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Spain's Rafael Nadal serves against Ernests Gulbis of Latvia on Day Four of the Wimbledon Championships at the All England Tennis Club in southwest London yesterday.Photo: AFP
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Golden girl Maria Sharapova and Andy Roddick, the all-American poster boy of men's tennis, suffered their worst Wimbledon defeats on Thursday, the fourth day of the championships.

Sharapova endured the darkest moment of her sparkling career when world number 154, and Russian compatriot, Alla Kudryavtseva sent her spinning out in the second round.

Sharapova, the 2004 champion, became the latest marquee name to crash out at the All England Club in successive days following men's third seed Novak Djokovic's defeat to Marat Safin.

Sixth seed Roddick than joined the scrapheap when he lost 6-7, 7-5, 6-4, 7-6 to Serbia's Janko Tipsarevic.

Also exiting the tournament on a day of major shocks were men's ninth seed James Blake and women's 10th seed Daniela Hantuchova.

"She played better, served and returned better and on grass they are the important elements," admitted Sharapova after slumping to her worst defeat in six visits.

Kudryavtseva, who now plays China's Peng Shuai, then added insult to injury by revealing the frosty relationship between Sharapova and many of the other Russian women on tour.

"I don't know her well. I think I'm quite sure no one on the tour knows Maria well because she's not a very talkative girl and not very outgoing," said Kudryavtseva.

Roddick, the runner-up in 2004 and 2005 to Roger Federer, slumped to his worst defeat in nine visits.

Tipsarevic now faces Russia's Dmitry Tursunov for a place in the last 16.

Roddick only returned to the tour at Queen's last week after a shoulder injury kept him out of the French Open and his lack of sharpness told in a three-hour match where he failed to convert any of his eight break points. The American also had three set points in the fourth set.

Spanish second seed Rafael Nadal, bidding to become only the third man to win the French Open and Wimbledon in the same season, saw off 19-year-old Latvian Ernests Gulbis 5-7, 6-2, 7-6, 6-3.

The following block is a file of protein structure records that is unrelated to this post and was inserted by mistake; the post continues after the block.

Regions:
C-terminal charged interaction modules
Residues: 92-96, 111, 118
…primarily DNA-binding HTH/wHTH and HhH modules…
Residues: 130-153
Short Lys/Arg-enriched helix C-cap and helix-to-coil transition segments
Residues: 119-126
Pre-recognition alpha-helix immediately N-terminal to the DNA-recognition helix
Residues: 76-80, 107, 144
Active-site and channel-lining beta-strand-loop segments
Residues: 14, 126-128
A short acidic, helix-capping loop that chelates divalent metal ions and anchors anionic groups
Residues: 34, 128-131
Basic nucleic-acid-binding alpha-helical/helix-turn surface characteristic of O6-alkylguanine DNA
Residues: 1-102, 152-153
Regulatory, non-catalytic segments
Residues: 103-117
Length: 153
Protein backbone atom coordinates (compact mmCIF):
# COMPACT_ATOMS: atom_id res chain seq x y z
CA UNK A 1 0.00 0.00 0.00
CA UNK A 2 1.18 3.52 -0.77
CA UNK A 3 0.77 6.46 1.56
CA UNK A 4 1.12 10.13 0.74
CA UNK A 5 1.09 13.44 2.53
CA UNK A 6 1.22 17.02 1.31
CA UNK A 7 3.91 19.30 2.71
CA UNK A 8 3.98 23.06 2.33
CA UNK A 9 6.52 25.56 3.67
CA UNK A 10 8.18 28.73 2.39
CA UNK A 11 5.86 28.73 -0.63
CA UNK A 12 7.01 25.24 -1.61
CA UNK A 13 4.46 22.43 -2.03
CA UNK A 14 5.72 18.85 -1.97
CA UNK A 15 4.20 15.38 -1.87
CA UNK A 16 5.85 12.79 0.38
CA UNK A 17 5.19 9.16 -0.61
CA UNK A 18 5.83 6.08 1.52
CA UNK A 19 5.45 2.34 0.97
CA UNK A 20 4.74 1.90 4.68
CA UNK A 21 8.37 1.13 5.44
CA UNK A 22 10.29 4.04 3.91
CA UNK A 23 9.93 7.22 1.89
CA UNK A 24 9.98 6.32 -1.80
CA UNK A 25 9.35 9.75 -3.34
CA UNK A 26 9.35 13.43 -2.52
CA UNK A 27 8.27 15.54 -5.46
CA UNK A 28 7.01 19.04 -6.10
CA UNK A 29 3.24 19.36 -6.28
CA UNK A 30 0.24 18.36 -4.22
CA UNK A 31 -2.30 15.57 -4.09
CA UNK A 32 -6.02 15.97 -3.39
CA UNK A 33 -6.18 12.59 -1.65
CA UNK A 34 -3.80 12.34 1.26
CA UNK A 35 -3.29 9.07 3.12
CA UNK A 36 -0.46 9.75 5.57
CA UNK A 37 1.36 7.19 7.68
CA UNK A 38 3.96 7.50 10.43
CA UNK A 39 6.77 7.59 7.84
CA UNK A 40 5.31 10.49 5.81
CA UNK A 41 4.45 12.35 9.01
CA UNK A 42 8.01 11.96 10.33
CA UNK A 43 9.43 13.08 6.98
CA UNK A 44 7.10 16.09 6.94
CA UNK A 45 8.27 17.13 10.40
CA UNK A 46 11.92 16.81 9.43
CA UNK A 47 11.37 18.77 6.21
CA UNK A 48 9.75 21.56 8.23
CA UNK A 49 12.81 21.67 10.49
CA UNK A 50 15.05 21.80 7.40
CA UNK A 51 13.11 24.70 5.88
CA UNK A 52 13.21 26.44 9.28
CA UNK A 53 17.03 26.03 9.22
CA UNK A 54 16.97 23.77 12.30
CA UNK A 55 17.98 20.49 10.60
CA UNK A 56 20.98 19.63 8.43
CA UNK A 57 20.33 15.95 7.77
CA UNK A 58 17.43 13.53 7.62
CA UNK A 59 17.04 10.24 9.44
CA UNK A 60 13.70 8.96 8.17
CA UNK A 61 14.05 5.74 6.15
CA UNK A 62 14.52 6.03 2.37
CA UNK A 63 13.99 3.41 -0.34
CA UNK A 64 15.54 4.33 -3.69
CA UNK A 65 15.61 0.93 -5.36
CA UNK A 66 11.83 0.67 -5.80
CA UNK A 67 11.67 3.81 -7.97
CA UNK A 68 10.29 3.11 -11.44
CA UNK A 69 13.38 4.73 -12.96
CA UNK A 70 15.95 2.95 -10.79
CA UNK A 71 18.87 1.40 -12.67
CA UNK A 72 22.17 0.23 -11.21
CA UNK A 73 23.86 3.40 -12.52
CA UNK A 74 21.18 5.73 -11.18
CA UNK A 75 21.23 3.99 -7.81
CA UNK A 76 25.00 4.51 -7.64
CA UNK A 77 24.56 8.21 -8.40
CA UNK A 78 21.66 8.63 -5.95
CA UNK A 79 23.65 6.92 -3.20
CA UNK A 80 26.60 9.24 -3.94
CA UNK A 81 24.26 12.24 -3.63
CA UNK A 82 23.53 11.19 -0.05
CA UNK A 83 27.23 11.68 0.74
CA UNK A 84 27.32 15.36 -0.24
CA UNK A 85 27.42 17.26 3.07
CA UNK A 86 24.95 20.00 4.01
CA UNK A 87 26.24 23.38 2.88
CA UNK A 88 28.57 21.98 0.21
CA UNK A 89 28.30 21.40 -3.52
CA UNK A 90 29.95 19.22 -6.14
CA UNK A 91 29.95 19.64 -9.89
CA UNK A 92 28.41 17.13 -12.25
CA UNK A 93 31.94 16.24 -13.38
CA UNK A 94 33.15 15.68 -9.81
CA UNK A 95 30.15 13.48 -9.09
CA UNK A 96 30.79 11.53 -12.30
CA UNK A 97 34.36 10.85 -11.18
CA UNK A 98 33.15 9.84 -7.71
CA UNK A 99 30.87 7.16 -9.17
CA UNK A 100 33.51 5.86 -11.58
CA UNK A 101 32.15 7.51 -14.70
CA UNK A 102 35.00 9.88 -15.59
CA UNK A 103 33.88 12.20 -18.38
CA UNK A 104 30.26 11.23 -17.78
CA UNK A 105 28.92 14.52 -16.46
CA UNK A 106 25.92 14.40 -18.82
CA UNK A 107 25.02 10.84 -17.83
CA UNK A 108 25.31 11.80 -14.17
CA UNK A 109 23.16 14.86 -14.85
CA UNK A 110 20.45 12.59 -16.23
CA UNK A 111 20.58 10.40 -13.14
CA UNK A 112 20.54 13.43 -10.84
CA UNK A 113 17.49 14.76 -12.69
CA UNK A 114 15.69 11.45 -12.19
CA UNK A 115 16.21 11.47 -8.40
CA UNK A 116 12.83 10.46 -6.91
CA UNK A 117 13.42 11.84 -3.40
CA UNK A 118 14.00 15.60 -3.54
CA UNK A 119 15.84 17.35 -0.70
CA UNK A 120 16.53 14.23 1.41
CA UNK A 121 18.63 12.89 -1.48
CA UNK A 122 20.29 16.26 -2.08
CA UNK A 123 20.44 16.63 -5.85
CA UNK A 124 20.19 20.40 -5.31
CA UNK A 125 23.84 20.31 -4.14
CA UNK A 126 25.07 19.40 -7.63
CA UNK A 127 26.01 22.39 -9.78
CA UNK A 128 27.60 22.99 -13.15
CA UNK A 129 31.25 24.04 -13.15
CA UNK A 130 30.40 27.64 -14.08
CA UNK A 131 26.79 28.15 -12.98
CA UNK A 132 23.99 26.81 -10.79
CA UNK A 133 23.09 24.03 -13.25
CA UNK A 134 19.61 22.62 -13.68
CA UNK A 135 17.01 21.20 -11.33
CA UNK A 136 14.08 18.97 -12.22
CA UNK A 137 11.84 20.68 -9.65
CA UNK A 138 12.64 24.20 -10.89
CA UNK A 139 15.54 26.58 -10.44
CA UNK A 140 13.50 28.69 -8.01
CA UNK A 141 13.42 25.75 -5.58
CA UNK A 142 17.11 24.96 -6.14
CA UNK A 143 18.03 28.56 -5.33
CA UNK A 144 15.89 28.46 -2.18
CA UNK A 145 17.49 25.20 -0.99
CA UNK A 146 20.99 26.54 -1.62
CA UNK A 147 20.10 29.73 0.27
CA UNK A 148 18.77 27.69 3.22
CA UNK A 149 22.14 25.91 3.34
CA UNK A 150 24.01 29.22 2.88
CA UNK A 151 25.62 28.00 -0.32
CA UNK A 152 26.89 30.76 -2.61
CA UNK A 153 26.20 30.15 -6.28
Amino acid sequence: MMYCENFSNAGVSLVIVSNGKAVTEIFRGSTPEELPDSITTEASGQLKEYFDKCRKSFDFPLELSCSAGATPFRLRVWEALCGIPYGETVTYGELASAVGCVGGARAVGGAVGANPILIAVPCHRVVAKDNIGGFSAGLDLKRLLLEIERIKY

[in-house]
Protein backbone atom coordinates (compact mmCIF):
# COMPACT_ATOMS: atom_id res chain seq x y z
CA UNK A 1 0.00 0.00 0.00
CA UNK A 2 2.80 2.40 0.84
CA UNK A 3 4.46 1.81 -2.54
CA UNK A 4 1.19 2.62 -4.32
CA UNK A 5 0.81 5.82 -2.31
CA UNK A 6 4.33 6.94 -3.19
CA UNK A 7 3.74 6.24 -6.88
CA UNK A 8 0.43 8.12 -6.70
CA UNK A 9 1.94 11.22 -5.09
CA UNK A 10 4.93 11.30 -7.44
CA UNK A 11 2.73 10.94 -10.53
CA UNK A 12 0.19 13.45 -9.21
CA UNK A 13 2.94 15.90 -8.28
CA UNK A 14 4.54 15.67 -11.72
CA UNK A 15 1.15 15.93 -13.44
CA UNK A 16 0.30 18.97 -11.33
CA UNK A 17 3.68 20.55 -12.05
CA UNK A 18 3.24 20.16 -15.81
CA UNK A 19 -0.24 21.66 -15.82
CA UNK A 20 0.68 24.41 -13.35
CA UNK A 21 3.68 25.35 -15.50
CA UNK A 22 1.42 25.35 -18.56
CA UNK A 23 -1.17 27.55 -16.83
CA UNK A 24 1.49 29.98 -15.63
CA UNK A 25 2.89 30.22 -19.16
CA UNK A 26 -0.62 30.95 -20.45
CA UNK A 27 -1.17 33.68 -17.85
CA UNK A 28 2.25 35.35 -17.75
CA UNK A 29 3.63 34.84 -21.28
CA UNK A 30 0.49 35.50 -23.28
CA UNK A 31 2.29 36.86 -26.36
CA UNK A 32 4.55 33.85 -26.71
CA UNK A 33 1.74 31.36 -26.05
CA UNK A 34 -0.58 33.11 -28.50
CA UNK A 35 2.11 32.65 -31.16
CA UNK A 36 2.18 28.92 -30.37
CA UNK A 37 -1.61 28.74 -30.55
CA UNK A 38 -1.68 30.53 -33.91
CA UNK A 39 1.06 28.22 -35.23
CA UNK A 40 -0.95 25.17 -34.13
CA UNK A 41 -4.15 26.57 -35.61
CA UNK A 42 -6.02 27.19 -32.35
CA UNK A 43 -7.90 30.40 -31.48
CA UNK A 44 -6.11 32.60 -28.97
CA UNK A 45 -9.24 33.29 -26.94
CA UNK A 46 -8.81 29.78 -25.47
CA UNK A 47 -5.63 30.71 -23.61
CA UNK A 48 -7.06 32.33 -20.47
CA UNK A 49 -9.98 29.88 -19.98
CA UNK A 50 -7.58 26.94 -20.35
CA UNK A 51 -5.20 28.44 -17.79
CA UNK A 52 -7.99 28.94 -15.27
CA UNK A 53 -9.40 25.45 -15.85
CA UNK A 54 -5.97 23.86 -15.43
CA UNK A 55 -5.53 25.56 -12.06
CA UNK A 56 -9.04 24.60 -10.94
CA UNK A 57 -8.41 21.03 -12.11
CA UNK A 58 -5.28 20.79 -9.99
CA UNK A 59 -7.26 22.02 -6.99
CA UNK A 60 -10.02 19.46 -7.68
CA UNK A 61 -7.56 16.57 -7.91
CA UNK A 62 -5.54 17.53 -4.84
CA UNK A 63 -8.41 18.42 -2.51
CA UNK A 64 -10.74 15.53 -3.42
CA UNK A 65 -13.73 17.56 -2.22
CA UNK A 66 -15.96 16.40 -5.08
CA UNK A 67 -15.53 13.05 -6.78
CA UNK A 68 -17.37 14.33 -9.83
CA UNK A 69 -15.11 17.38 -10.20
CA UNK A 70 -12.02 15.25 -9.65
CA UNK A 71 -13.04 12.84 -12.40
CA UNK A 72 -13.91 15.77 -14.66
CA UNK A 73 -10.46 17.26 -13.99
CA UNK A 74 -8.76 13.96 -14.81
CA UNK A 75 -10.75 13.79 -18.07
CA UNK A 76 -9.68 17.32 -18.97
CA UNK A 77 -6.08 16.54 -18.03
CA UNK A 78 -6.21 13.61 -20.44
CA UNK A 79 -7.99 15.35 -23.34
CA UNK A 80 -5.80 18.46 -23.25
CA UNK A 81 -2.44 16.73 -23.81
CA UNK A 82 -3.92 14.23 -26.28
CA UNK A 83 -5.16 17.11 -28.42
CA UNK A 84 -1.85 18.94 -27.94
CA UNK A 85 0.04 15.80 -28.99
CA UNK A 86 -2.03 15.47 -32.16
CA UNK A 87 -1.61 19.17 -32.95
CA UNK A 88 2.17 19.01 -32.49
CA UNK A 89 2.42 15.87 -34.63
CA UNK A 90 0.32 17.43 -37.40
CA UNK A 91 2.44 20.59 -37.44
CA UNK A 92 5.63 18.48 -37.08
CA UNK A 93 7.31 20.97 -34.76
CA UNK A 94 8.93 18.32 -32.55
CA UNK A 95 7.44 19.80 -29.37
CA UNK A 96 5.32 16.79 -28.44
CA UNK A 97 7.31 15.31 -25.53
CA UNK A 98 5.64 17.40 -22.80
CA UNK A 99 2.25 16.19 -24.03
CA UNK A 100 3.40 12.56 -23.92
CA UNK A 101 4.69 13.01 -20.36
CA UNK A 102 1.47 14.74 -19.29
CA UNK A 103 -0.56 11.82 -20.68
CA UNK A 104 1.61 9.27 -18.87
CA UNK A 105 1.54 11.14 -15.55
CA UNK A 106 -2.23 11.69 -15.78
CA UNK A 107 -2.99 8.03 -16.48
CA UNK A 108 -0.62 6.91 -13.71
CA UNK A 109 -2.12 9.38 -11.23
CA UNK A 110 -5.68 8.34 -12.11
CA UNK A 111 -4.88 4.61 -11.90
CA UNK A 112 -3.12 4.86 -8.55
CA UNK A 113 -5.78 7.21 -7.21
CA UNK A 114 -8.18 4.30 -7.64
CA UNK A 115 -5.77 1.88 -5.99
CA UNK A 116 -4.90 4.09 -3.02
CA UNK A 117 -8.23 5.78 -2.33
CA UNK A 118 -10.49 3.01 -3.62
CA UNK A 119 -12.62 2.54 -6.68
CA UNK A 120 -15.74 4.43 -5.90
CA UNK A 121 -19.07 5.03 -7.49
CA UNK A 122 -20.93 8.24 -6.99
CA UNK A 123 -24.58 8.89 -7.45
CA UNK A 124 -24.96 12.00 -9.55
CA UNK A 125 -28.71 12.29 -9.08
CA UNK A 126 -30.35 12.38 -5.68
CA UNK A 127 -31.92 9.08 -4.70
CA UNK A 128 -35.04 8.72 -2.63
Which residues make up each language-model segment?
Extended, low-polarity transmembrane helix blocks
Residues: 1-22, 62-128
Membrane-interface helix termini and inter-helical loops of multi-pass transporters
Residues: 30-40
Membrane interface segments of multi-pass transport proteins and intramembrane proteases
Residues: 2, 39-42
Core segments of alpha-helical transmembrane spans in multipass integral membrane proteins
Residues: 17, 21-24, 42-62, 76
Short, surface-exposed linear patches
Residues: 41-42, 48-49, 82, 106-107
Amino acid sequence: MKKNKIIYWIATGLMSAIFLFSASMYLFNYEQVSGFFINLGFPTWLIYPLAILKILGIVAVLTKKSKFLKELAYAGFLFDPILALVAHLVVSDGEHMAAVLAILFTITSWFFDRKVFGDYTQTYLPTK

He will tackle experienced German Nicolas Kiefer for a place in the last 16.

"I knew beforehand that it would be a very difficult match. He's a tough player who will be at the top very soon," said Nadal who has been runner-up to Federer in the last two years.

Lindsay Davenport, the 32-year-old American who was champion in 1999 and runner-up on her last appearance in 2005, handed scheduled opponent Gisela Dulko a walkover after failing to recover from a knee injury.

Despite the disappointing end to her 13th Wimbledon, Davenport is confident of playing at the Beijing Olympics and at the US Open later this year.

Dulko, the world 39, goes on to face Russian fifth seed Elena Dementieva.

Defending champion Venus Williams ended British hopes in the women's singles with a 7-5, 6-2 win over Anne Keothavong and next faces Spain's Maria Jose Martinez Sanchez who put out Indian 32nd seed Sania Mirza 6-0, 4-6, 9-7.

Britain's 12th seed Andy Murray kept home hopes alive in the men's singles by brushing aside Belgium's Xavier Malisse 6-4, 6-2, 6-2 and now faces Germany's Tommy Haas who put out Spanish 23rd seed Tommy Robredo 6-4, 6-4, 6-3.

But America's James Blake, the ninth seed, was knocked out by Rainer Schuettler, with the 32-year-old German winning 6-3, 6-7 (8/10), 4-6, 6-4, 6-4.

Women's second seed Jelena Jankovic of Serbia beat Spain's Carla Suarez Navarro 6-1, 6-3 and now plays Denmark's Caroline Wozniacki while Russian ninth seed Dinara Safina followed big brother Marat into the third round with a 6-3, 6-2 win over Taiwan's Su-Wei Hsieh.

Russia's Alisa Kleybanova put out 10th seed Daniela Hantuchova 6-3, 4-6, 6-1.

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